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conge

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conge last won the day on September 28 2016

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  1. conge

    GPA and PhD Questions, References

    Some thoughts in bold above.
  2. I really don't know what goes into the NCA decision making process; others here have far more experience with that. But I think I would sum the job prospects this way: as an LLM/NCA student, I don't think you'll get the advantage of the on-campus/structured interview process whereby articling students are selected by the top firms. However, that process isn't required to get a job at these firms, it's just the common route for undergrad law students in Canada. If you have good experience from a good firm (and it sounds like you do), then I would be surprised if you eventually didn't find something. Firms always seem to be looking for associates with 5 years exp. in M&A/corporate work. You might not end up on Bay Street at the most "prestigious" firm (or you might), but I bet something will come up.
  3. I've been away from Dal for several years, but I remember it was basically class all day Mon-Thurs. with only one class - LRW (legal research and writing) - on Fridays. Two days a week, you had early classes (8:15am, I think?). Usually small breaks between classes where ppl either hit the library or hang around the lounge.
  4. conge

    In Need of Some Perspective

    It will get better. You're just starting out in a very demanding, but ultimately very rewarding and privileged (IMHO), profession. However, you need to do something about the exam and work situation. The primary purpose of being an articling student is to get called to the bar. Your firm needs to give you time to study for the exam. I think you need to be up front with those that assign you work and tell them you failed and you need to study and pass. Alternatively, schedule to write the exam when you can take time off in the lead up, if that's possible.
  5. I can't speak specifically to your questions, but, if you haven't already, you should look into what it takes for you to get called in ON (or elsewhere in Canada). With or without an LLM, I believe there is a process you have to follow (NCAs, perhaps articling, etc.) In the US, I think an LLM might be a fast track to getting called in some states; in Canada, an LLM may help the process, but I'm honestly not sure that it does. Having said that, assuming you get called, I'd imagine that a lawyer with 5 years of corporate/M&A experience would be a valuable asset to a firm, especially if they have clients that are Indian businesses/business owners (assuming that is where you practiced).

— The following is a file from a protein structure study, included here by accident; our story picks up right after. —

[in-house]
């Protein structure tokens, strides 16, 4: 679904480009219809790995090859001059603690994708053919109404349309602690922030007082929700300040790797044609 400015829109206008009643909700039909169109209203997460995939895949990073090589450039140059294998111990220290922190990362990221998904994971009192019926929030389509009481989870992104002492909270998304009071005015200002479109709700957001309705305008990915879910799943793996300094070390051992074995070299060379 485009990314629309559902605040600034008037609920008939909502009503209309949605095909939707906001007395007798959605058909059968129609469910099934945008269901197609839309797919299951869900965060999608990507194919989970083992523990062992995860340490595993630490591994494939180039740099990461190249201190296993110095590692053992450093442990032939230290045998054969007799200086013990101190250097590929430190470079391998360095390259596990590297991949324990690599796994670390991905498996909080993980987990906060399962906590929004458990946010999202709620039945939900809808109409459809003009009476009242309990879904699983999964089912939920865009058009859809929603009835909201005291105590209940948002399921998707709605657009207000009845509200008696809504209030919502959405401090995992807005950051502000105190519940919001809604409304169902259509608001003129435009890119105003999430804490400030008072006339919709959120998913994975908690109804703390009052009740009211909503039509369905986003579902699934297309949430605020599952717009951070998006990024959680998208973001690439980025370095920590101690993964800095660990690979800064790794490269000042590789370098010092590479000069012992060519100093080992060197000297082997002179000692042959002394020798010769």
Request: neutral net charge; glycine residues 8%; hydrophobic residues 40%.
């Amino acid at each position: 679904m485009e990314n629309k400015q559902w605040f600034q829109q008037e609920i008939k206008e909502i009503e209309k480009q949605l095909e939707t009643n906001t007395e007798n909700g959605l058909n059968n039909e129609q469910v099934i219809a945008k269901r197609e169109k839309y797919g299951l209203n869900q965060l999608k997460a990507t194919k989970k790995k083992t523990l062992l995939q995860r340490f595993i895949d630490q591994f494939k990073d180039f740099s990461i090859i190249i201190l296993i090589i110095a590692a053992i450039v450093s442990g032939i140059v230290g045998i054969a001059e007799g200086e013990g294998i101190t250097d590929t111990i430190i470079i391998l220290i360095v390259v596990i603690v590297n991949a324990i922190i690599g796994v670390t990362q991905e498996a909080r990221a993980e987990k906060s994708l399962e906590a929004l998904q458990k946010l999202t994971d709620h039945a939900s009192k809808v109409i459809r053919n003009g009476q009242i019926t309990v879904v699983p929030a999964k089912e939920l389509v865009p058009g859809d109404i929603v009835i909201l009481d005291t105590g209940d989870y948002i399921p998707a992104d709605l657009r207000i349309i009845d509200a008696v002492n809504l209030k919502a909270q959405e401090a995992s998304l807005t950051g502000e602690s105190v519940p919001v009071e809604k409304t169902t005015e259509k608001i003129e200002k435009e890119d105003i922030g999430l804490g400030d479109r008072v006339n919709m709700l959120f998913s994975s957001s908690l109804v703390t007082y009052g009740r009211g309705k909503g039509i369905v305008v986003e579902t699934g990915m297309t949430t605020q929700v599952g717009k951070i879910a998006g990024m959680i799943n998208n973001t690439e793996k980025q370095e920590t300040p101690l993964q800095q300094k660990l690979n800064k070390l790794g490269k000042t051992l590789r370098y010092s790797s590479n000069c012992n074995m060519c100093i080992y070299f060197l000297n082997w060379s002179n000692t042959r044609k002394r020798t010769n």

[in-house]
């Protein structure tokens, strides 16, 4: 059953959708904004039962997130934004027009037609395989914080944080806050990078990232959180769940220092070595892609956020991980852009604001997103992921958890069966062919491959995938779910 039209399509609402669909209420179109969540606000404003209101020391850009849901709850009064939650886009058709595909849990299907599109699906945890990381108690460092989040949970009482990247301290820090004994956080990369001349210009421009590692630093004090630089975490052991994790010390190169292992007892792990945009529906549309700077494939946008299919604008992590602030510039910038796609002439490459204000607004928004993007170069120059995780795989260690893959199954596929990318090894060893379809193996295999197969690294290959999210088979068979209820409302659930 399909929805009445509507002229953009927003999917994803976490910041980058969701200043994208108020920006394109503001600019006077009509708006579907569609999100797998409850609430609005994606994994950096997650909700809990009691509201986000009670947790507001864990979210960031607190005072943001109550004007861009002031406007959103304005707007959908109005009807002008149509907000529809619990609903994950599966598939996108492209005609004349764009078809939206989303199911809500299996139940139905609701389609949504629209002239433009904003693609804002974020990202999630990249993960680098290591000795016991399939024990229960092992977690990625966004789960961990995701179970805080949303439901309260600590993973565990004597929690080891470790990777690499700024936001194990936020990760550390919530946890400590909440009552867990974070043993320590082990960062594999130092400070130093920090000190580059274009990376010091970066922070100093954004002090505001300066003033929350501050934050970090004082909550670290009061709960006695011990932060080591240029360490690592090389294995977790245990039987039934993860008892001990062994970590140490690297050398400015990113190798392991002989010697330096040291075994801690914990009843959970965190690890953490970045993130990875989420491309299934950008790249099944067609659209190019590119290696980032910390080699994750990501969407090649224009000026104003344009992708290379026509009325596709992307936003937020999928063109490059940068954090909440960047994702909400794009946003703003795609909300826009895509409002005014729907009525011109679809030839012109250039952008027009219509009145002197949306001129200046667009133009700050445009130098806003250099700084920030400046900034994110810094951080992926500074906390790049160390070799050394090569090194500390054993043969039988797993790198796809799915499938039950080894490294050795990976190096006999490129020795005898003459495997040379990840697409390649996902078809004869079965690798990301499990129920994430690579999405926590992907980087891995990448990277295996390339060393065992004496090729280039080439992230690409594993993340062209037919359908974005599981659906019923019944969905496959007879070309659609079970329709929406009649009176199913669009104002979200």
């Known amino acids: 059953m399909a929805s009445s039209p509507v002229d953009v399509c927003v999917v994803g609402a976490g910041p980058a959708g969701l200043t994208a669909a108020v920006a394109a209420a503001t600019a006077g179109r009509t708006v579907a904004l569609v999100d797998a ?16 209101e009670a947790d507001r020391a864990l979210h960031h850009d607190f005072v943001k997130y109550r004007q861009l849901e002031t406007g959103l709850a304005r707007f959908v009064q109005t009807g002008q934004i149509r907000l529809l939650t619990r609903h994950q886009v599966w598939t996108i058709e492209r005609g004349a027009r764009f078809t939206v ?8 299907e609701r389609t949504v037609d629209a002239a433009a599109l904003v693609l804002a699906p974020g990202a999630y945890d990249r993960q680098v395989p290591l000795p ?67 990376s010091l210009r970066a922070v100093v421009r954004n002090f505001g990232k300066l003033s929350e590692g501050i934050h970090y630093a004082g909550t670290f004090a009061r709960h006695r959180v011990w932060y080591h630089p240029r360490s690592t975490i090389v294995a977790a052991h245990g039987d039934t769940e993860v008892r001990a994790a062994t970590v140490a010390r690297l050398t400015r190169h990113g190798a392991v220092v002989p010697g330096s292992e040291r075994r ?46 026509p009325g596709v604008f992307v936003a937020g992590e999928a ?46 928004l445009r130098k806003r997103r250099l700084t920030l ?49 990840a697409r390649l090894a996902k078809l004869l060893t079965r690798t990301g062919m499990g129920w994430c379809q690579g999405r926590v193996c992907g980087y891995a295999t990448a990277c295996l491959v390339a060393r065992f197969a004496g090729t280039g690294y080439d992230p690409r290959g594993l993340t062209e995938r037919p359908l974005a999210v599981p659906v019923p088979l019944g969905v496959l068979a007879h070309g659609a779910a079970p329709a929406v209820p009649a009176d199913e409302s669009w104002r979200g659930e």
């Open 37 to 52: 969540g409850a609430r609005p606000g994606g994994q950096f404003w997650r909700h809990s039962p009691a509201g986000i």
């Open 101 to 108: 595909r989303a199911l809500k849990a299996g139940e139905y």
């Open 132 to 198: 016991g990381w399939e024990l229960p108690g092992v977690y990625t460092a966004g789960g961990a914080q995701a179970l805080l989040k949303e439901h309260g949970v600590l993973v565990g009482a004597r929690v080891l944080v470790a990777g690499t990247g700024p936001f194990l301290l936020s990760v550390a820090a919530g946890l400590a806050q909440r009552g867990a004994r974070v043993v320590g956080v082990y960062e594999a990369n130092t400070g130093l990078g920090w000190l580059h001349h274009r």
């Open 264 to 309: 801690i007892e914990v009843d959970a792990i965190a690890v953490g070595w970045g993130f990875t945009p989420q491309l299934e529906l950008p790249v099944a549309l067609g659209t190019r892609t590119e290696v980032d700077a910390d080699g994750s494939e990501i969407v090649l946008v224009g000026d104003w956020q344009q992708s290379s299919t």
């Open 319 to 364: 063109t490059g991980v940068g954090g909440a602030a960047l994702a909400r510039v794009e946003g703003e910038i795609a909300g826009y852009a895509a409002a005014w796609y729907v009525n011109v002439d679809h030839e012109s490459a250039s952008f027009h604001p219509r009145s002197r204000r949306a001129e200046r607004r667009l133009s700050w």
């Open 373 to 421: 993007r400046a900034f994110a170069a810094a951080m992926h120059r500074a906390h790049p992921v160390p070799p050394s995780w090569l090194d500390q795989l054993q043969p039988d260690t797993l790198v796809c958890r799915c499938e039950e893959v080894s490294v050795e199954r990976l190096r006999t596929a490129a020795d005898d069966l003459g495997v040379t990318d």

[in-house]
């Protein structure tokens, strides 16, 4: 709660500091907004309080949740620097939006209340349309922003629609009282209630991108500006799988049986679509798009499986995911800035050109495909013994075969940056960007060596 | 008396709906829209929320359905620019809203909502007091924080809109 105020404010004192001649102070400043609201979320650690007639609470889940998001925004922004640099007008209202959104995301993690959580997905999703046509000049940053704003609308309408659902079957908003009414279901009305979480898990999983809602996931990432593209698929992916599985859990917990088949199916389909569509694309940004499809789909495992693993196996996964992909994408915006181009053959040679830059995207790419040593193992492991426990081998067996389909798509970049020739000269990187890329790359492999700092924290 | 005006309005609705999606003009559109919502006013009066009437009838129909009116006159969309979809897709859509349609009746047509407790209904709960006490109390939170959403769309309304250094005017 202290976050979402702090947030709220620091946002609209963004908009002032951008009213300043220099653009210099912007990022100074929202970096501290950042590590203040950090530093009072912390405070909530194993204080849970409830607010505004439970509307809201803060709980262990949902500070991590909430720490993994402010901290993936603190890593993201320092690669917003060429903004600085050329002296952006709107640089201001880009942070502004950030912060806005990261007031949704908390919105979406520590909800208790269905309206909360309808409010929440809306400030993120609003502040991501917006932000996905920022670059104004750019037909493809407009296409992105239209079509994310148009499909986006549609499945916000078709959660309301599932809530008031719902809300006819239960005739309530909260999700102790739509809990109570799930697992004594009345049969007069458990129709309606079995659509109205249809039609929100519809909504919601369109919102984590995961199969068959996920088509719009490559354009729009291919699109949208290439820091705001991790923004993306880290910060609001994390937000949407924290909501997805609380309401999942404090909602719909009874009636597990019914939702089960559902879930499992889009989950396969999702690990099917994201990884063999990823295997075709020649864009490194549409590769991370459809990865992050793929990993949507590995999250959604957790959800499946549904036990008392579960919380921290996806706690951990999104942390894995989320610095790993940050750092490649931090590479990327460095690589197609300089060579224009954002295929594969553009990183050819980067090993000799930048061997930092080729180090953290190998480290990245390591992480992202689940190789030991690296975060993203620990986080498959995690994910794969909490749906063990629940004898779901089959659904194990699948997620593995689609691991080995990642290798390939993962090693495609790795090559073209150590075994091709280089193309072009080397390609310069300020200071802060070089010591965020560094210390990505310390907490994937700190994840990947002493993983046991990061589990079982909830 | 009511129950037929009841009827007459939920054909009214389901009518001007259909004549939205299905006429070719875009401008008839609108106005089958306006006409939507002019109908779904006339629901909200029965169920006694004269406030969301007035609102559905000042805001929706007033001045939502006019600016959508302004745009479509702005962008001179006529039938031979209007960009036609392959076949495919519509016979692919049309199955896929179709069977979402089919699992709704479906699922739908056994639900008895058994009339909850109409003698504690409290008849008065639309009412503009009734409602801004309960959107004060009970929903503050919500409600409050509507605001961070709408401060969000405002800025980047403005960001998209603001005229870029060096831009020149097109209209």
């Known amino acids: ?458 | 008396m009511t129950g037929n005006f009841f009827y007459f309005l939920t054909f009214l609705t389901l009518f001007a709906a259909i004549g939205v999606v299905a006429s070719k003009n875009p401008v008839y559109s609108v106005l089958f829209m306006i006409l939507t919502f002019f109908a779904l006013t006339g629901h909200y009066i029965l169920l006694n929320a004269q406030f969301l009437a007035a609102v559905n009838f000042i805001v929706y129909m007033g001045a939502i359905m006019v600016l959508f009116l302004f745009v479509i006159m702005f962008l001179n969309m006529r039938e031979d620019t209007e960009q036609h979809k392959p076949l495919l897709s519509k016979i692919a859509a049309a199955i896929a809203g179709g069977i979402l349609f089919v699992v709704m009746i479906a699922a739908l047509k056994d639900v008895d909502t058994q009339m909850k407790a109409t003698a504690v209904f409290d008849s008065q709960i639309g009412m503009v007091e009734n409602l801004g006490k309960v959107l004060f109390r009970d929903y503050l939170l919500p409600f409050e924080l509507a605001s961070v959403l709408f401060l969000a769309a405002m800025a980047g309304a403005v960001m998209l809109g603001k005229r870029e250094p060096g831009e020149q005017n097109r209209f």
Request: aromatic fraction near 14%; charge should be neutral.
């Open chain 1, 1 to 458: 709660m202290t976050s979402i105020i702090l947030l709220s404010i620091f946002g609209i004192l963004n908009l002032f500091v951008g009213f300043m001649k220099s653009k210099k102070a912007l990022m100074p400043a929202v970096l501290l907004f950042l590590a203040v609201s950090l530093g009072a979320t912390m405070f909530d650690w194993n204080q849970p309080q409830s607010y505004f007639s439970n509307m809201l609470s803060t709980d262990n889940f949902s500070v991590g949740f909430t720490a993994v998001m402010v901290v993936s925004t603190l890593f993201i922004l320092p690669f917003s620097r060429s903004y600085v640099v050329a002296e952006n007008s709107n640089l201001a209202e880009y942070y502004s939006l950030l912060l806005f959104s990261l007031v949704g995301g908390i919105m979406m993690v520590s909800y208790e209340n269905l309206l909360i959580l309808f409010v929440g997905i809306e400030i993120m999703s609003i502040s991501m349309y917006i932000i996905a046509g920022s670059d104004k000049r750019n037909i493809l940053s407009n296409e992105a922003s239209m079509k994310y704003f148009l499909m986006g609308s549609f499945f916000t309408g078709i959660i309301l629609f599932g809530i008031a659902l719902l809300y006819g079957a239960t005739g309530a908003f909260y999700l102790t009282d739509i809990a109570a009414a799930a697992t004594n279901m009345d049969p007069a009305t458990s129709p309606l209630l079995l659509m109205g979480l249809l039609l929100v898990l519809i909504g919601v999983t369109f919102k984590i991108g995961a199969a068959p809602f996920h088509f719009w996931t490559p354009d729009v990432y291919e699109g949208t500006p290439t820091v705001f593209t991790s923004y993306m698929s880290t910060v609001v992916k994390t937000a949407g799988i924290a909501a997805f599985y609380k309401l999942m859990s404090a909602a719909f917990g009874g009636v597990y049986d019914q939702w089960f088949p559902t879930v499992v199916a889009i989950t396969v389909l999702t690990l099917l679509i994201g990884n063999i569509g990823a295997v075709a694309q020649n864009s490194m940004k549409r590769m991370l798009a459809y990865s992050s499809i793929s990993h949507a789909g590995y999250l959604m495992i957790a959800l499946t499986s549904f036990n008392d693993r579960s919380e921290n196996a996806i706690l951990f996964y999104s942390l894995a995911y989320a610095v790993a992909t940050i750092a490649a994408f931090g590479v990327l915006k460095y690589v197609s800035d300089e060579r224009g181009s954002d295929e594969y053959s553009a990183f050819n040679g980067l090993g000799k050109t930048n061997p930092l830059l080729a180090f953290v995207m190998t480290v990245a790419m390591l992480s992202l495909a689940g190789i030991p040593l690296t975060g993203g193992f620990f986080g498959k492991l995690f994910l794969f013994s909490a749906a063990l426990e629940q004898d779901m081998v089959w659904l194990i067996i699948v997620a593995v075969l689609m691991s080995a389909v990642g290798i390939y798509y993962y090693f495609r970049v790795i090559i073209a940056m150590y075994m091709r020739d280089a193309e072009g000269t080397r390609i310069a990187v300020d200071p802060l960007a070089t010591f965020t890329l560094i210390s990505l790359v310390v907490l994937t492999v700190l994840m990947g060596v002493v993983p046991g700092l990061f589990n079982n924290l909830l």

6. conge

    We're Starting Articles Soon. Give us advice!

    Coffee and music, mostly.
  7. conge

    University of Seattle vs TRU

    TRU 100%, or any other Canadian law school you can get into. Since you don't want to work in the US, it doesn't make any sense to go to University of Seattle.
  8. Prob better than litigation. Partnership would depend on the firm and how/on what basis they admit partners.
  9. conge

    Low Gpa [2.0]

    OK, so probably not, but before you give up, write a practice LSAT; if you do well on diagnostic, there may be a way forward...but honestly, likely not...
  10. It sounds like that's exactly what they did; another way of putting it is that "the then current generation of voting age adults didn't want to pay for future generations to received a benefit that the current generation already received, so they cut taxes and saddled future generations with the debt instead."
  11. Do you know what associate starting salaries were in 1998? I bet they were still pretty good. It seems crazy that students are paying like $20k now, and $4k in 1998...it's almost like the previous generation saw an opportunity to exploit future generations by jacking tuition, instead of fighting to keep tuition low so that future students could also benefit.
  12. conge

    Mid-life crisis during Articling?

    I've been there. I really have. The good news is that working in a demanding firm gets better if you stick with it; the better news is that you don't have to stick with it, if you don't want to. I don't have a lot in the way of advice, except to (1) take care of yourself and make it a priority (both mental and physical health) - you gotta find time for that because no one else will find it for you - they'll keep stacking work on top of you because you seem competent to handle it (and I'm sure you are, but you don't want it, and that's OK) and (2) I would stick it out at least for articles, get called, and then you can make a decision. In my case, I stuck with my firm for a few more years knowing that I wouldn't be there forever. It got better, but I still left when the right opportunity came up and it was a very good move for me.
  13. Stop panicking, just apply broadly and pick the law firm that seems right for you (or the one that offers you a position). Also, as a helpful FYI, don't call Canadian lawyers "attorneys".
  14. In my limited experience speaking with US lawyers/the US legal community, they haven't really heard of any of our schools. And the advantage that any Canadian school has over any other Canadian school for "international reputation" is marginal, at best. For example, certainly some NY lawyers who have UofT/McGill grads at their firm, or who are involved with OCIs that go to UofT/McGilll, will know the names of these schools. But, generally speaking, outside of a handful of NY lawyers, most of the US legal community doesn't know much about our legal community, and don't really care because it is such a small market. You want "international reputation"? Go to HYS/Oxbridge.
  15. conge

    Law school after dental school?

    Honestly, great choice.
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